Monday, January 21, 2008

Sticking it to the hop shortage

Okay, so we've been thinking of doing this since before the hop shortage, but this year we're hoping to finally start growing our own hops. We're currently considering Northern Brewer, Hallertauer and Spalt for our hop varietal of choice. If anybody has suggestions on what grows well in Chicago or where to get some rhizomes locally, shoot us an email.

On a side note, I came across this link while checking my gmail account. I love how they don't actually say what varietal of hops they're selling, as if they're all the same. Well, they do note that the vine "[p]roduces pale yellow hops that give home brews authentic Old World flavor" and that "[v]ariety is 3-4 times more bitter than most hop vines." Of course, when I think "Old World flavor," I think of noble hops, and when I think of "3-4 times more bitter," I think of Pacific Northwest hops. So what varietal would be both? Beats the hell out of me. Anyway, the bottom line is I can't imagine any homebrewer would buy hop vines not knowing what kind of hops they actually are. Then again, somebody recently sent me this link which features a 1-lb. bag of unspecified hops on sale for only $9.99, so maybe I'm wrong.

Belated credit due to Leah (and Marta) (and, technically, Dorrie)

A couple of overdue notes...

First, with respect to my Germany trip posts, several people commented on the cool photos. Any pictures that had any artistic quality to them whatsoever were taken by Leah, who's a pretty sweet photographer. Any pictures that simply consisted of somebody standing in front of something were probably taken by me.

Second, I recently realized that I never posted about the results of the 2007 Queen of Beer competition.* I am excited to belatedly report that Leah, our good friend Marta, and our daughter Dorrie took third place in the "Wheats n stuff" category with their Berliner Weisse. I think Dorrie may have set a record for the youngest ever winner of a homebrew competition, as she was 15 months old at the time of judging. Of course, just in case DCFS is reading this, we should point out that Dorrie did not sample any of the final product. Anyway, congrats to them on their third straight ribbon from the QoB!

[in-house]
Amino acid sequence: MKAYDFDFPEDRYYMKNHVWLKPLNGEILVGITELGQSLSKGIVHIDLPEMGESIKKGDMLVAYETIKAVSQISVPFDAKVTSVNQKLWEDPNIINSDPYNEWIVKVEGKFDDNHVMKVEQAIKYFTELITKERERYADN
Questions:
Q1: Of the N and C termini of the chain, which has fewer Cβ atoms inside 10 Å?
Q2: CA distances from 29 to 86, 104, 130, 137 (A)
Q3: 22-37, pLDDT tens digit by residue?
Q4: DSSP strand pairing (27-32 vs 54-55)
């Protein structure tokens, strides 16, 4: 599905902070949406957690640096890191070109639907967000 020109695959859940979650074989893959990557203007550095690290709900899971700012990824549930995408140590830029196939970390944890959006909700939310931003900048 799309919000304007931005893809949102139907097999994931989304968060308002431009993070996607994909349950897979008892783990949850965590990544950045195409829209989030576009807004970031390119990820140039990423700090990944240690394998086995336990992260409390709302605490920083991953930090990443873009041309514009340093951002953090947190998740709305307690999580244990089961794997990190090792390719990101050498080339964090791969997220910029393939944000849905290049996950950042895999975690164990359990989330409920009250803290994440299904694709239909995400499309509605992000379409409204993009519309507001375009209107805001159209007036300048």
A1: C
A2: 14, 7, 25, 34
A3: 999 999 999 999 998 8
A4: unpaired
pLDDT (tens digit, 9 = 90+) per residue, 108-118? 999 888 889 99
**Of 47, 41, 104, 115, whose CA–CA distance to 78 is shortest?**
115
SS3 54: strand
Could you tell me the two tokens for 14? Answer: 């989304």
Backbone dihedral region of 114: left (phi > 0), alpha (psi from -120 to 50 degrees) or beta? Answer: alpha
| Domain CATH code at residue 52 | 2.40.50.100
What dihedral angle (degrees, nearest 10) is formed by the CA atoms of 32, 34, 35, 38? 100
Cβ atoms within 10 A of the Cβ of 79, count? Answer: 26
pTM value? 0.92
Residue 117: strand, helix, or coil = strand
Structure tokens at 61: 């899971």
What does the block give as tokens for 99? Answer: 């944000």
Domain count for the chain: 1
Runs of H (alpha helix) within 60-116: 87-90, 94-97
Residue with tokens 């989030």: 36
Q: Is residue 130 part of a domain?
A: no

*Just for the record, Leah could have posted about either of these things at any time, as she is an official contributor to this brewing log.

Monday, January 07, 2008

Update: White Riot Gluten-free Belgian Wit

Yesterday Leah and I bottled our gluten-free Belgian Wit (since most of the batch is going to a friend, we figured it made sense to bottle-condition rather than keg). The final gravity was 1017, which with an estimated O.G. of 1052 (sorry, I forgot to take a reading!) brings it in at an easy-drinking 4.6% ABV. The sample I tasted was remarkably close to a "normal" Witbier. It had a distinct coriander flavor as well as a slight sour tang which I've heard is typical of sorghum brews and works very well in a Wit. The only thing is there is a light sour aftertaste that's just a tad off (relative to barley beers, that is). Overall, however, not bad for a first stab. I suspect my friend will definitely enjoy it after being stuck with Redbridge and Bard's Tale for the last few years.